Wednesday, June 15, 2011

Mandatory Skills You Need To Compete In This Economy

It used to be that if you had the right technical skills, you could count on a job. Then, as companies received numerous resumes for fewer open positions, they started looking at "soft skills" in addition to "hard skills." After the economy tanked, and with the rise of social networking, we are seeing a new type of skill emerge based on a professional's online influence. If you want to compete in the new global economy, you will have to constantly and persistently develop each of these skill sets.

1. Hard skills

Hard skills consist of tangible skills, such as programming, graphic design, website development, etc. They are specific, teachable abilities that can be defined and measured. These skills fulfill job descriptions — and without them, your resume won't even be looked at. To gain these skills, you can take classes or online tutorials. While some might have natural talents, most people require practice in order to master their trade.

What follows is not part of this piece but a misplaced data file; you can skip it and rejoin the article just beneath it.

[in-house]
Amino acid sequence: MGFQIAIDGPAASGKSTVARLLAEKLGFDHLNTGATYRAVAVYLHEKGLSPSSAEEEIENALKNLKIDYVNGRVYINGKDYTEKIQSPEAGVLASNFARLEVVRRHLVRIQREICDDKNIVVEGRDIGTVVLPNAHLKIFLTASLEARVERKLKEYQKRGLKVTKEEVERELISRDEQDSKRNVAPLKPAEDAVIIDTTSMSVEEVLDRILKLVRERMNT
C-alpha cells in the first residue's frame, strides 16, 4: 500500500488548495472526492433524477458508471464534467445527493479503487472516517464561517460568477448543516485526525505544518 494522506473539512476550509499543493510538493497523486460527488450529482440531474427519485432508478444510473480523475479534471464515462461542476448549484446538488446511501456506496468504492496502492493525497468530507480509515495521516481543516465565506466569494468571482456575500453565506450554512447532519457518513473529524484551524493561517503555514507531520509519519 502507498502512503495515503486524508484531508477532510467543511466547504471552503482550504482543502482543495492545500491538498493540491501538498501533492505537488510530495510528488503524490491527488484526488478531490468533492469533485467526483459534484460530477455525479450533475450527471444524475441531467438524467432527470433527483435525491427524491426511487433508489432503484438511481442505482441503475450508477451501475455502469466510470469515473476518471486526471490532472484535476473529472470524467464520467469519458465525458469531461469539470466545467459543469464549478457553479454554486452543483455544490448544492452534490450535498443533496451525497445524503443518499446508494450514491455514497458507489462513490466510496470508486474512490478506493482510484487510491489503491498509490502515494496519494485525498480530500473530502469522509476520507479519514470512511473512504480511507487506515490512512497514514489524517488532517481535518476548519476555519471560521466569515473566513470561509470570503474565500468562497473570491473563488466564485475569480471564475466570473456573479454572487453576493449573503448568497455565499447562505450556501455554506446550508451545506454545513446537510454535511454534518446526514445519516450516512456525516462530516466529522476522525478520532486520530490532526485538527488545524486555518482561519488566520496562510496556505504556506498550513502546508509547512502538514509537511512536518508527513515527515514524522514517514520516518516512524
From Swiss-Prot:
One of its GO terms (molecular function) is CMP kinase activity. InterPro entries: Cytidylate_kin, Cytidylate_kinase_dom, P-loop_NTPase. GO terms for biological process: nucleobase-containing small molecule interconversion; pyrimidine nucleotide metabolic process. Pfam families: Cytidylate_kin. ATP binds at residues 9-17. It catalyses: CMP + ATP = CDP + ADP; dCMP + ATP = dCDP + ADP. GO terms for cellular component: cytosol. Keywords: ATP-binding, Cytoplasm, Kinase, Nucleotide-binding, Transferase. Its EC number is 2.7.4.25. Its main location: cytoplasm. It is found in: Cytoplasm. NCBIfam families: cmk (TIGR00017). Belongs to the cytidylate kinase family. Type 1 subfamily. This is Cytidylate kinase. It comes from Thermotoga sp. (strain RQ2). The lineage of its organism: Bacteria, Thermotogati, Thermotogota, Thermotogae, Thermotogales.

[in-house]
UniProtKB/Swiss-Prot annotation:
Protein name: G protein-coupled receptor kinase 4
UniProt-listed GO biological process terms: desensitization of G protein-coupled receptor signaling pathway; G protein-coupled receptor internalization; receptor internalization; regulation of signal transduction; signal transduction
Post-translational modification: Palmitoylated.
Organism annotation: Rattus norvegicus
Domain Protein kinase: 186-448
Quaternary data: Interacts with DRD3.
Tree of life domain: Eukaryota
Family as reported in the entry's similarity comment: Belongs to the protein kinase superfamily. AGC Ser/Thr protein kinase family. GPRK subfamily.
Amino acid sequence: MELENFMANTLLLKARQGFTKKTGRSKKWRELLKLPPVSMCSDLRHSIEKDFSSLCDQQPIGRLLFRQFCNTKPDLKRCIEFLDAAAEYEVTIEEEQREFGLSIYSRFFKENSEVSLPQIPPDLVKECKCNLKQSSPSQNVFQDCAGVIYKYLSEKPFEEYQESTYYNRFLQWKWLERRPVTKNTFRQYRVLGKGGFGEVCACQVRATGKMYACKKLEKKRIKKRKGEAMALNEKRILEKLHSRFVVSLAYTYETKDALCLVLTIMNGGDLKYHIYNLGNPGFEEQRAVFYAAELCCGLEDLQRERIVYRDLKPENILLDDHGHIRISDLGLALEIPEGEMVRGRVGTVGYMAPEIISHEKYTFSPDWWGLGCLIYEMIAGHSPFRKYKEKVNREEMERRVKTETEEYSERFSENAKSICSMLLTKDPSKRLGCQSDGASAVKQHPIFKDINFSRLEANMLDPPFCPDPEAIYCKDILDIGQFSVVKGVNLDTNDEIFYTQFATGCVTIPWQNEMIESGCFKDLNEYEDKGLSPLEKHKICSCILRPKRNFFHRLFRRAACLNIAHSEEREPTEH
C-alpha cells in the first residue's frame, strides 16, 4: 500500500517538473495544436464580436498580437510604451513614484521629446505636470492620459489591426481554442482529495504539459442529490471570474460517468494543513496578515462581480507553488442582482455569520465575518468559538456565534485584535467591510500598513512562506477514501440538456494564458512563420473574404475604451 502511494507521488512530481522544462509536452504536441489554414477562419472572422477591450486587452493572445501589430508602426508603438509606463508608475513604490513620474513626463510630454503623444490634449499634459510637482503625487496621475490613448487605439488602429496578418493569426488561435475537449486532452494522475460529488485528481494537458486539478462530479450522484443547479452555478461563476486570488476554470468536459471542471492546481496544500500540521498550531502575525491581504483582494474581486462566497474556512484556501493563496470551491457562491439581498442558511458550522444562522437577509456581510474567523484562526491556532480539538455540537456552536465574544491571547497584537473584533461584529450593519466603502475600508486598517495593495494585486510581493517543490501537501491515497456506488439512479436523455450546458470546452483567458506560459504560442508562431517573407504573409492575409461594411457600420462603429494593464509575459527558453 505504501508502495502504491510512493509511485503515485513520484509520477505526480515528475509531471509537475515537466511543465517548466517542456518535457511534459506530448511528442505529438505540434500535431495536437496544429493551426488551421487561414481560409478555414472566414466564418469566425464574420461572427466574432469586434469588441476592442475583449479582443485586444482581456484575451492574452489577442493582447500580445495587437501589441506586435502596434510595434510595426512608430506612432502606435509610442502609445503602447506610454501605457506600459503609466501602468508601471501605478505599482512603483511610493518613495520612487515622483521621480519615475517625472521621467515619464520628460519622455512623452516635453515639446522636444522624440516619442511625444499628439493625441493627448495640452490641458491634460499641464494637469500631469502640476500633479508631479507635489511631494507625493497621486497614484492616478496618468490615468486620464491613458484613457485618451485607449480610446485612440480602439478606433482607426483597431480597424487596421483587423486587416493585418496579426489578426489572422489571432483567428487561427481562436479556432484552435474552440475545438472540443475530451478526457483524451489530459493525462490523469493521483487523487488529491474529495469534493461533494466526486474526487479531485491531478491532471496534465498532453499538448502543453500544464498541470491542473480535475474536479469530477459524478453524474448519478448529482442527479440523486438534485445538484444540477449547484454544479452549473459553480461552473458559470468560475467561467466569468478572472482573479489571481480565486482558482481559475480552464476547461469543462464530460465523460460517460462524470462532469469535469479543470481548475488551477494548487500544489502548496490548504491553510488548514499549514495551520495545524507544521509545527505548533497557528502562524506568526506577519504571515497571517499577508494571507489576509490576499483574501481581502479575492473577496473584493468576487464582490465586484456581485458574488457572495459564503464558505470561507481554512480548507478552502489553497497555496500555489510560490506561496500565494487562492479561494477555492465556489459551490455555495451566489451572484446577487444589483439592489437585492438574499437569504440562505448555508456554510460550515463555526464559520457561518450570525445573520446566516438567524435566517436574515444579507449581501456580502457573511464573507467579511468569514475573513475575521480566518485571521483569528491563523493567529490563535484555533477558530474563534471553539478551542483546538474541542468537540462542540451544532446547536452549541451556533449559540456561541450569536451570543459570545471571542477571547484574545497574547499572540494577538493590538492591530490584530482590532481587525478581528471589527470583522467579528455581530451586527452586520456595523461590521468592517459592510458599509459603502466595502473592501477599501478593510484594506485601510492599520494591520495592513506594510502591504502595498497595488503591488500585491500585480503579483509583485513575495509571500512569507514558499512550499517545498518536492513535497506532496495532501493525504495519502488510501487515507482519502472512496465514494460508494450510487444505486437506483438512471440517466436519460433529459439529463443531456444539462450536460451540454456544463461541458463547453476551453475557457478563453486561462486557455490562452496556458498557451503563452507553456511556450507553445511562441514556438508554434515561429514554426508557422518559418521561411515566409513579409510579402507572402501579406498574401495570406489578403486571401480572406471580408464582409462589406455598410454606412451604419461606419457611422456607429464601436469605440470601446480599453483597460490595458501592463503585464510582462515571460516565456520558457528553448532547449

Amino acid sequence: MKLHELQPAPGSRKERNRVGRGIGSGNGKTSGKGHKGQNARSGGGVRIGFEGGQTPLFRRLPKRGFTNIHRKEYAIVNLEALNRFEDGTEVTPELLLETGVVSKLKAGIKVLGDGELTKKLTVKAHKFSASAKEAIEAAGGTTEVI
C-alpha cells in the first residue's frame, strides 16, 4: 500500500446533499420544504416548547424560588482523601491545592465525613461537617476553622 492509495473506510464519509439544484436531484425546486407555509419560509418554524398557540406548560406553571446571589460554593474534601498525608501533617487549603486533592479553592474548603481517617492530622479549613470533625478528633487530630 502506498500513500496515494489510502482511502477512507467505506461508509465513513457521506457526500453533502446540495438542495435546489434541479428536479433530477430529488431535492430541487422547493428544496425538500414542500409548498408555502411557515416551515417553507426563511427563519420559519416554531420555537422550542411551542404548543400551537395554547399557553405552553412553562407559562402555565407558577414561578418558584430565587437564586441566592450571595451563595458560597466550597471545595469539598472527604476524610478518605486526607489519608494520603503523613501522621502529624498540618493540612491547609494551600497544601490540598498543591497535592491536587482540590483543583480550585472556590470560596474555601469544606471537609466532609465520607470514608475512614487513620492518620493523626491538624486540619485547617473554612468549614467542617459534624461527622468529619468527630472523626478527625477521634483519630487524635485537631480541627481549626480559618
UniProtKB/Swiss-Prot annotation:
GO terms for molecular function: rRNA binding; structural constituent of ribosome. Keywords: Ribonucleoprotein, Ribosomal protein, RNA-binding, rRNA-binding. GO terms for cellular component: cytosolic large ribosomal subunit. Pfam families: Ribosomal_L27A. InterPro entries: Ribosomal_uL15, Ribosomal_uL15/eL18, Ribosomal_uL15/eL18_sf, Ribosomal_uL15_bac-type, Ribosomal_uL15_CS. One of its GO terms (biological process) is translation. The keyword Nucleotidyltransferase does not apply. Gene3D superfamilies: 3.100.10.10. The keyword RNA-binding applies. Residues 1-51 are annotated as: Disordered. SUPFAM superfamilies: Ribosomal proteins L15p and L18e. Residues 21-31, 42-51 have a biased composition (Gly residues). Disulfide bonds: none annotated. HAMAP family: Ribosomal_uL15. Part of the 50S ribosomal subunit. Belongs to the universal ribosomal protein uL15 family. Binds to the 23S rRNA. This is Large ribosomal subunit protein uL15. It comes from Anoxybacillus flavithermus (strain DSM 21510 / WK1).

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2. Soft skills

Soft skills measure your emotional intelligence (EQ). Employers are looking for workers who are great communicators, team players and skillful leaders. They also want workers that can be flexible, adapt to change and work independently. A recent study by EMC Research shows that 75 percent of employers think that your writing ability is valuable and 79 percent value your analytical skills.

3. Online influence

Your online influence is how many, and who, you can influence to make decisions. In the online world, this means how many people you can reach with your message, who those individuals are, and how willing they are to spread your message. The number of followers and friends you have on your social networks can impact your career for better or worse. Employers want to hire people who are already established and can help them communicate. Companies understand that those with larger networks are more productive and can generate new business, recruit top talent and market their brand.

Thanks to Dan Schawbel / Blogs Forbes


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